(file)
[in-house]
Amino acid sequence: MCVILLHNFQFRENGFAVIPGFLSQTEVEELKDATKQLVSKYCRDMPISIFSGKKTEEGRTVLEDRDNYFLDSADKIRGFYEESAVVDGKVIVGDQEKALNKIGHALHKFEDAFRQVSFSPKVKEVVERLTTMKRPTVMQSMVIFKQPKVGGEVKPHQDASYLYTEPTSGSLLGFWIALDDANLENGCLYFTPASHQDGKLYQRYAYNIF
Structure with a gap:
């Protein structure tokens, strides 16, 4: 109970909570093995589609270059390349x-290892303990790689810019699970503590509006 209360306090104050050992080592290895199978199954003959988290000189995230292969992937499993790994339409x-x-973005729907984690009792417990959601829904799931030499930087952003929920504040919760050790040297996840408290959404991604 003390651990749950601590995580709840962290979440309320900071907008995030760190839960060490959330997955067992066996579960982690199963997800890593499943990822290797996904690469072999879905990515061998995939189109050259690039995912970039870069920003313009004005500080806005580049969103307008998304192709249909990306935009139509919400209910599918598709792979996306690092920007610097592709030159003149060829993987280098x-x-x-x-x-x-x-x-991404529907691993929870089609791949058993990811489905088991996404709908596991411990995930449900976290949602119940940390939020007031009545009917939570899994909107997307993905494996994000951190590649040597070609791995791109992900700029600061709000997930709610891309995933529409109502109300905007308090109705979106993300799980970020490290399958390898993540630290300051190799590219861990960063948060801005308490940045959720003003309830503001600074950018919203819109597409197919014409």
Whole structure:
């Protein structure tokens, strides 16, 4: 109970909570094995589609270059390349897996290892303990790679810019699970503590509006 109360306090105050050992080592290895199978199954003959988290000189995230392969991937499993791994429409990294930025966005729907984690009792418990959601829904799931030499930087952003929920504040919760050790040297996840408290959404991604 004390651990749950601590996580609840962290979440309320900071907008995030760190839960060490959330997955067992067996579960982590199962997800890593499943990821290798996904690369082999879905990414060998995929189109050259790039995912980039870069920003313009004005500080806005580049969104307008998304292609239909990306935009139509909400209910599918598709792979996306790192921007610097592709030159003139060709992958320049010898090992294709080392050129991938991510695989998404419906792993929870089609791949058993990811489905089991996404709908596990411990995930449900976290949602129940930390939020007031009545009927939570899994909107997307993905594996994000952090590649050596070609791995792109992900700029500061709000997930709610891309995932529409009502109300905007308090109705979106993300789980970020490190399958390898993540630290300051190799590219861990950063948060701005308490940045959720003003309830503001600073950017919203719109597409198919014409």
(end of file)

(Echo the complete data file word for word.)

[in-house]
Amino acid sequence: MCVILLHNFQFRENGFAVIPGFLSQTEVEELKDATKQLVSKYCRDMPISIFSGKKTEEGRTVLEDRDNYFLDSADKIRGFYEESAVVDGKVIVGDQEKALNKIGHALHKFEDAFRQVSFSPKVKEVVERLTTMKRPTVMQSMVIFKQPKVGGEVKPHQDASYLYTEPTSGSLLGFWIALDDANLENGCLYFTPASHQDGKLYQRYAYNIF
Structure with a gap:
């Protein structure tokens, strides 16, 4: 109970909570093995589609270059390349x-290892303990790689810019699970503590509006 209360306090104050050992080592290895199978199954003959988290000189995230292969992937499993790994339409x-x-973005729907984690009792417990959601829904799931030499930087952003929920504040919760050790040297996840408290959404991604 003390651990749950601590995580709840962290979440309320900071907008995030760190839960060490959330997955067992066996579960982690199963997800890593499943990822290797996904690469072999879905990515061998995939189109050259690039995912970039870069920003313009004005500080806005580049969103307008998304192709249909990306935009139509919400209910599918598709792979996306690092920007610097592709030159003149060829993987280098x-x-x-x-x-x-x-x-991404529907691993929870089609791949058993990811489905088991996404709908596991411990995930449900976290949602119940940390939020007031009545009917939570899994909107997307993905494996994000951190590649040597070609791995791109992900700029600061709000997930709610891309995933529409109502109300905007308090109705979106993300799980970020490290399958390898993540630290300051190799590219861990960063948060801005308490940045959720003003309830503001600074950018919203819109597409197919014409």
Whole structure:
């Protein structure tokens, strides 16, 4: 109970909570094995589609270059390349897996290892303990790679810019699970503590509006 109360306090105050050992080592290895199978199954003959988290000189995230392969991937499993791994429409990294930025966005729907984690009792418990959601829904799931030499930087952003929920504040919760050790040297996840408290959404991604 004390651990749950601590996580609840962290979440309320900071907008995030760190839960060490959330997955067992067996579960982590199962997800890593499943990821290798996904690369082999879905990414060998995929189109050259790039995912980039870069920003313009004005500080806005580049969104307008998304292609239909990306935009139509909400209910599918598709792979996306790192921007610097592709030159003139060709992958320049010898090992294709080392050129991938991510695989998404419906792993929870089609791949058993990811489905089991996404709908596990411990995930449900976290949602129940930390939020007031009545009927939570899994909107997307993905594996994000952090590649050596070609791995792109992900700029500061709000997930709610891309995932529409009502109300905007308090109705979106993300789980970020490190399958390898993540630290300051190799590219861990950063948060701005308490940045959720003003309830503001600073950017919203719109597409198919014409």